Then repeat this for the next region (i.e. load the environment scene, trim it down to only what's in the second region, detail the region, remove the base, save as region2_detail.br5) and so on until you've done all the regions. At this point you'll have one environment.br5 file along with a host of regionXX_detail.br5 files.
In general I tend to try and keep all the individual region .br5 files down to a size dictated by the following formula:
BR5 file size of one region's detail < (total ram - ram needed for OS)/2 - (file size of environment.br5 file)
So what this means is that, if you have 320MB of ram, and your OS takes about 60MB and the base environment br5 file is about 40MB, then you would limit your detail br5 file sizes to about 90MB or less. This is a result of the general rule of thumb that says that Bryce needs twice the size of the .br5 file of free ram to load a file. You can of course use BR5 files bigger than this for the detail of each region, but Bryce may end up becoming a little unstable and it may also have to use the hard disk to render with, which will result in a much slower render.
Another thing I've found useful is to get a screen grab of the top down view of the detail (when it's still on the base). You can then add this screen grab to your top down screen grab of the empty environment you took earlier and build up a top down map of all the regions you're making - this isn't essential, but it can really help with keeping track of things and visualizing where I'm up to and how things in the regions will relate to each other. This is shown for the battle scene in Figure 4 - the different coloured groups show where the different regions are - note that they are different to what I originally planned, yet still similar in overall layout.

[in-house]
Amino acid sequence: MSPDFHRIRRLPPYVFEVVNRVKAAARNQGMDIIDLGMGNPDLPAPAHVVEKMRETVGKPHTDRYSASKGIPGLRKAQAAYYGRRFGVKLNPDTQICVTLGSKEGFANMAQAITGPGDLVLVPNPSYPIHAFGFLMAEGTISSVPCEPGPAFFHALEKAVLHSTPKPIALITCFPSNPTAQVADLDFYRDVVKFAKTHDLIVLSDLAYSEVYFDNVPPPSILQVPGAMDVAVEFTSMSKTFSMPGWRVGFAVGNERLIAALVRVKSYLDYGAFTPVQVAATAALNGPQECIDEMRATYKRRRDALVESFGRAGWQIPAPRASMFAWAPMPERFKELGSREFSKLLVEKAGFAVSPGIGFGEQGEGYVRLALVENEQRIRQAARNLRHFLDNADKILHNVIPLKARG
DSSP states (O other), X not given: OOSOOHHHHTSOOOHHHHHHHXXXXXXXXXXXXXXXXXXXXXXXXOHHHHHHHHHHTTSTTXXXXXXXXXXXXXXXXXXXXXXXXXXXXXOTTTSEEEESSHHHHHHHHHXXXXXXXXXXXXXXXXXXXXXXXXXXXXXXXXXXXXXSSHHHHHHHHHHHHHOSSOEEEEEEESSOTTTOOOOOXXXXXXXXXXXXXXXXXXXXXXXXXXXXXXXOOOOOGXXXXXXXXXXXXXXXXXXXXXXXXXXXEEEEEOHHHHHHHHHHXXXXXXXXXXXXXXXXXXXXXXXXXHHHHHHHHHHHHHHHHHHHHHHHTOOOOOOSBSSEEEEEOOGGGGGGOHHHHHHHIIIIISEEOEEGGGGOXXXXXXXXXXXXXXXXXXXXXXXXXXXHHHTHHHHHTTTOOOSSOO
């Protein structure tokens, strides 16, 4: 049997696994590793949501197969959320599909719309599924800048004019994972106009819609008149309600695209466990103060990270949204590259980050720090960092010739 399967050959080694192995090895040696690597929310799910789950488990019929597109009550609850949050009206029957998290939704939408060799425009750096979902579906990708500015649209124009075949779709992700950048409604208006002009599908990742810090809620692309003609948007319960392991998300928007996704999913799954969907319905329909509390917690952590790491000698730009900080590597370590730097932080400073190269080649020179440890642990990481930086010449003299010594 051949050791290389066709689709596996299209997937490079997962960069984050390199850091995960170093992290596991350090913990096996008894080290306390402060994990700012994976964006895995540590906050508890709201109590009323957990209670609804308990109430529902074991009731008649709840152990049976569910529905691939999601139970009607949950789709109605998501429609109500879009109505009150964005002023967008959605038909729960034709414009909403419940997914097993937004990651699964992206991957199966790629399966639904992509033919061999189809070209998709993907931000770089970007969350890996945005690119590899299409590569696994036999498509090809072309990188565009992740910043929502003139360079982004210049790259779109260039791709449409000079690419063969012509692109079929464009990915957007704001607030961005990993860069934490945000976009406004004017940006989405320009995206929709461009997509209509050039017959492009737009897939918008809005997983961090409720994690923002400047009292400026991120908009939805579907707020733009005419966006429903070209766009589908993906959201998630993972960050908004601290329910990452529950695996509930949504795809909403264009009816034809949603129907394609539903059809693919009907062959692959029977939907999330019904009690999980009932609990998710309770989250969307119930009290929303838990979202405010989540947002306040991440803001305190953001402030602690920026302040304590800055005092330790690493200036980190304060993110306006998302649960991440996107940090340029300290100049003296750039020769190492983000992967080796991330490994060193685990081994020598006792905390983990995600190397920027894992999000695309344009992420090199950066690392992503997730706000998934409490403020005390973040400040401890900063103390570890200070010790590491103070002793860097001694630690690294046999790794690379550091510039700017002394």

This section mainly deals with scenes that use lots of Poser figures, but is easily adaptable to scenes using other textured objects.
When using Poser figures there are a couple of things you can do to minimize their drain on your computer's memory. The first is to simply use as low a resolution figure as you can (that still looks good) for figures that are a fair distance from the camera - use your Michaels and Vickies up close to the camera where all the detail will be seen, but for figures in the distant background, don't be afraid to go for the Poser 4 default figures or those really lo-res Poser 3 figures if you can. The lower the polygon counts for the figures then the more figures you can put into each region, thus reducing the number of regions you'll need to use (it's much easier dealing with only 3 groups of 50 soldier figures for a background mass of troops rather than 50 groups of 3 high detail soldier figures).